This Is How the Rich Avoid Estate Tax and Maintain Their Wealth

Why do you want to avoid estate tax? The answer to that question might start with another question…what is estate tax?

The estate tax is defined as a tax on your right to transfer property when you die. The fair market value of everything you owned at the time of your death is assessed. The total of all these items is your “Gross Estate.”

After all of the calculations, estate tax may put a large dent in what you planned to leave your loved ones. If you take steps now to minimize the tax hit, your loved ones will get the most out of what you have left for them.

Keep reading to discover the best strategies to avoid estate tax and preserve your wealth.

Gifting to Avoid Estate Tax

You get $10,000! You get $10,000! Giving away your money while you’re still living is one way to avoid the estate tax. There is a catch, however. The annual gift tax exclusion only allows you to give up to $15,000 per person per year without reporting the gift.

Married couples can give away $15,000 each making the total $30,000 per person per year.

Using Real Estate to Avoid Taxes

Fund a qualified personal residence trust (QPRT) by transferring the ownership of your home into a trust. You continue living in your home for the term of the trust. Once the term ends, the beneficiaries can take over the property.

Through this type of trust, you can freeze the home’s market value and avoid paying the gift tax. If you should die before the end of the trust’s term, the home is still considered part of your estate and is subject to the estate tax.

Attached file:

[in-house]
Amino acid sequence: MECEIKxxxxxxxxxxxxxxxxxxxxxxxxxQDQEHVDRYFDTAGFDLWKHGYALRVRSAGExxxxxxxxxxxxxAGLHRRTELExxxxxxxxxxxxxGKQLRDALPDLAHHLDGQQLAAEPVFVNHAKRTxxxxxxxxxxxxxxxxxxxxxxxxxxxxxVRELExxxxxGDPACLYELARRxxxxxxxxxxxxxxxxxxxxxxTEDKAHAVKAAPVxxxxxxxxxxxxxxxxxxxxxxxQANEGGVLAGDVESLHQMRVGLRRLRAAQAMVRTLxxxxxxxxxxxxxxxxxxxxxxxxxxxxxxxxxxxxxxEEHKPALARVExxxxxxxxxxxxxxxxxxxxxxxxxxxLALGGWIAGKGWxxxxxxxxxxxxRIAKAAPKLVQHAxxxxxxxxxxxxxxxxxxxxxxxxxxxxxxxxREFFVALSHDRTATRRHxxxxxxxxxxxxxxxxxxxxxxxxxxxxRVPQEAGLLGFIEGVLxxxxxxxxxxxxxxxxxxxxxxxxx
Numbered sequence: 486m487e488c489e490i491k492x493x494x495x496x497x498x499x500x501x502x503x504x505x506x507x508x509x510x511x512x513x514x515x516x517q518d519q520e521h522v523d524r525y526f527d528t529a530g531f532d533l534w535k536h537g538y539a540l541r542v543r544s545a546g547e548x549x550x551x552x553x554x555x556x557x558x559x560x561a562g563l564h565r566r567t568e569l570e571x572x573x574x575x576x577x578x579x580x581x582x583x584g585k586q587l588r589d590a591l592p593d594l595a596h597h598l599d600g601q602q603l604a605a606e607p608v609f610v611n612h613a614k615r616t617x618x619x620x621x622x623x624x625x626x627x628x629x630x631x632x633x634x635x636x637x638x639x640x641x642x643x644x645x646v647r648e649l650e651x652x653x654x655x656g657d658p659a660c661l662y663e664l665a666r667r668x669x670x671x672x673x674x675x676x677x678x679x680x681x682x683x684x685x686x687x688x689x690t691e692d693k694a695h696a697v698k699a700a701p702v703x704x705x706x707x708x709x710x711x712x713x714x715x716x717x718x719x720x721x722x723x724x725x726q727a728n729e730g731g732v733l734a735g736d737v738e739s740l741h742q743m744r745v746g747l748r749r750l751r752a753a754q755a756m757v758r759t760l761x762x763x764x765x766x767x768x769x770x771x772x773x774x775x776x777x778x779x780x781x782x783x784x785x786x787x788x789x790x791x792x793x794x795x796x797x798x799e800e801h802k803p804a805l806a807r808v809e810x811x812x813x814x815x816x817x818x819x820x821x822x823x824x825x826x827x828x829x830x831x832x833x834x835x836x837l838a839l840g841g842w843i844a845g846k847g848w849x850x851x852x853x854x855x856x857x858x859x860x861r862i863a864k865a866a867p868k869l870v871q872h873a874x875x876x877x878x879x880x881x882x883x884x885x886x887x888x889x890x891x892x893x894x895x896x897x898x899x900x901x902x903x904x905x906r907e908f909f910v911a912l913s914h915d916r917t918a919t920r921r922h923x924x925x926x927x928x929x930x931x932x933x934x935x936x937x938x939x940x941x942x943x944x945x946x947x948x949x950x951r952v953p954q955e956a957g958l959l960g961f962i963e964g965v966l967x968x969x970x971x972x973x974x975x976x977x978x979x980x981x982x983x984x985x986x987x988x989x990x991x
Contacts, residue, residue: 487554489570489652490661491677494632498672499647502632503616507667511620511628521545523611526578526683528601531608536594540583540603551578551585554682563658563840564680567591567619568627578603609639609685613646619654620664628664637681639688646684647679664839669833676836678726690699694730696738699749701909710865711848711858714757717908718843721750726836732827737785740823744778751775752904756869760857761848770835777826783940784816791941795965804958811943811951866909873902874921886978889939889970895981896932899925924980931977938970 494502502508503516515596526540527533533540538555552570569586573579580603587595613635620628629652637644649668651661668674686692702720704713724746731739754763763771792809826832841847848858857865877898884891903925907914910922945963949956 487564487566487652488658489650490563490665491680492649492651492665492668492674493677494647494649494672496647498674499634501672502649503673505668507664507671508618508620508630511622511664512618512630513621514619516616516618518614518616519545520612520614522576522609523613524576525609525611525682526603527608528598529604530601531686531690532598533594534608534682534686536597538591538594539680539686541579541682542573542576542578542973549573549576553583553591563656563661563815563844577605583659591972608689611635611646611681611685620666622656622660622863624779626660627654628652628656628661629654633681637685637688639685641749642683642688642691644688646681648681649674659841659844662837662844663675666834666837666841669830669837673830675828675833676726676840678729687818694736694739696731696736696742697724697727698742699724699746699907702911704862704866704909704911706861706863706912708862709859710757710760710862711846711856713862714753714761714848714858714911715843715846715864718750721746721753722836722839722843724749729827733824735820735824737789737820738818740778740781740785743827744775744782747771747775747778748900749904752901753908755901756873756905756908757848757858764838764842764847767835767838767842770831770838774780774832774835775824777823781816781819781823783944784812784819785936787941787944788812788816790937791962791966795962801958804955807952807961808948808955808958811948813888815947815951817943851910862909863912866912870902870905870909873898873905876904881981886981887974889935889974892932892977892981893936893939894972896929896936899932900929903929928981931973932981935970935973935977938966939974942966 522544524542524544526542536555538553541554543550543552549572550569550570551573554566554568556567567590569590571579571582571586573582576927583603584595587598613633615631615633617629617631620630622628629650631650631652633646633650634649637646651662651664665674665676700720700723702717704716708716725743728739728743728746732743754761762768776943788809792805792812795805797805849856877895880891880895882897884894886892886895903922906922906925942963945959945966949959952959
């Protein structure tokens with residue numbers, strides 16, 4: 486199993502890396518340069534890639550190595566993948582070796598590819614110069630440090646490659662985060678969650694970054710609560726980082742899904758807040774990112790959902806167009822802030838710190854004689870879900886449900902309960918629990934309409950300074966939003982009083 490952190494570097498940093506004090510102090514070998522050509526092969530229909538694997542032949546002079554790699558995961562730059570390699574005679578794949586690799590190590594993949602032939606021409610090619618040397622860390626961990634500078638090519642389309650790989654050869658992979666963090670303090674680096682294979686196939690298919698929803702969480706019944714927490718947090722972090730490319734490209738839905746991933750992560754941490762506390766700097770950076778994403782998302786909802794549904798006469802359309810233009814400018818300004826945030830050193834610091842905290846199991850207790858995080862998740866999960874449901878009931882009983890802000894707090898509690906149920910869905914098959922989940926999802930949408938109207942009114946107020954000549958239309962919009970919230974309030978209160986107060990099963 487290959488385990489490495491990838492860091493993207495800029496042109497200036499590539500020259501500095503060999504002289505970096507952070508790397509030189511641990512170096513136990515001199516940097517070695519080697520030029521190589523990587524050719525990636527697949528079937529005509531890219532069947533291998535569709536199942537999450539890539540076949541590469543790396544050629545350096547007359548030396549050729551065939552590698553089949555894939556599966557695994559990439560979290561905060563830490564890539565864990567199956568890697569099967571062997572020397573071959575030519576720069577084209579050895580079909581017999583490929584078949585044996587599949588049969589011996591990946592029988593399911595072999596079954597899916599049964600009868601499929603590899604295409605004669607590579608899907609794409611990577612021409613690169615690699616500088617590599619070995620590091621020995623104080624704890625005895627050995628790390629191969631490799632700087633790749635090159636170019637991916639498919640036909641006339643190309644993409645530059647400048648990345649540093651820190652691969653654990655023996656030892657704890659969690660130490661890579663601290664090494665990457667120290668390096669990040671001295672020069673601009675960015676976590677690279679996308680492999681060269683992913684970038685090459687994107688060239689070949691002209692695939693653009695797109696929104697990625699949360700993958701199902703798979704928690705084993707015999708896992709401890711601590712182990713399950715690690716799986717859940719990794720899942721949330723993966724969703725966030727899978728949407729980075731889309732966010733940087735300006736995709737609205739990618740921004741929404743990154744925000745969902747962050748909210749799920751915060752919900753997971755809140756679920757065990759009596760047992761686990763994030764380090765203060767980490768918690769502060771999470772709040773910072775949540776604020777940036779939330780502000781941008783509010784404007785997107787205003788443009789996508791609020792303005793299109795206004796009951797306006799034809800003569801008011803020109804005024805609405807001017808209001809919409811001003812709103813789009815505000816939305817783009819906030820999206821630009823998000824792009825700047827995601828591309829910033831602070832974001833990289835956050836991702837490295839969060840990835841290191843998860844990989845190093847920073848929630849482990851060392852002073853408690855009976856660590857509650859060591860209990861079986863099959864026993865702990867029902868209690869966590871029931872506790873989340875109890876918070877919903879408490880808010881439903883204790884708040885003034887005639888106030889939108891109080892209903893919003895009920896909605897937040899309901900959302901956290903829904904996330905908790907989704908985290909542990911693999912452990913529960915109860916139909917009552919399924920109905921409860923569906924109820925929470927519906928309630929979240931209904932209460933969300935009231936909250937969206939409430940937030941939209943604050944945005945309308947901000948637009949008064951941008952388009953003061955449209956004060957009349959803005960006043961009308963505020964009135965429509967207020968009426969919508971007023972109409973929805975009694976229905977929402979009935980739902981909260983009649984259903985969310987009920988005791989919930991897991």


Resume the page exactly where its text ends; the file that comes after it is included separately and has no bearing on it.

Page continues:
Create an Irrevocable Insurance Trust

When your life insurance proceeds become part of your estate upon the event of your passing, they are subject to the estate tax. To avoid having that money taxed, you can set up an irrevocable life insurance trust.

Upon setting up this trust, you’re transferring ownership of it to someone else. It’s irrevocable because you are not able to make adjustments to the trust without the consent of the beneficiary.

By doing this, your death benefits are not included in your estate. This goes into effect three years after making the transfer so if you pass before the three-year mark, the life insurance proceeds are still considered part of the taxable estate.

Thinking about estate planning? Learn the advantages of having an estate plan regardless of how much you own.

How to Avoid Estate Tax

Now that you know the best way to avoid estate taxes, you can protect what you plan to leave to your loved ones when you pass. If you’re looking for someone to help with estate planning to avoid taxes, seek a professional with experience to help you keep more of what’s yours.

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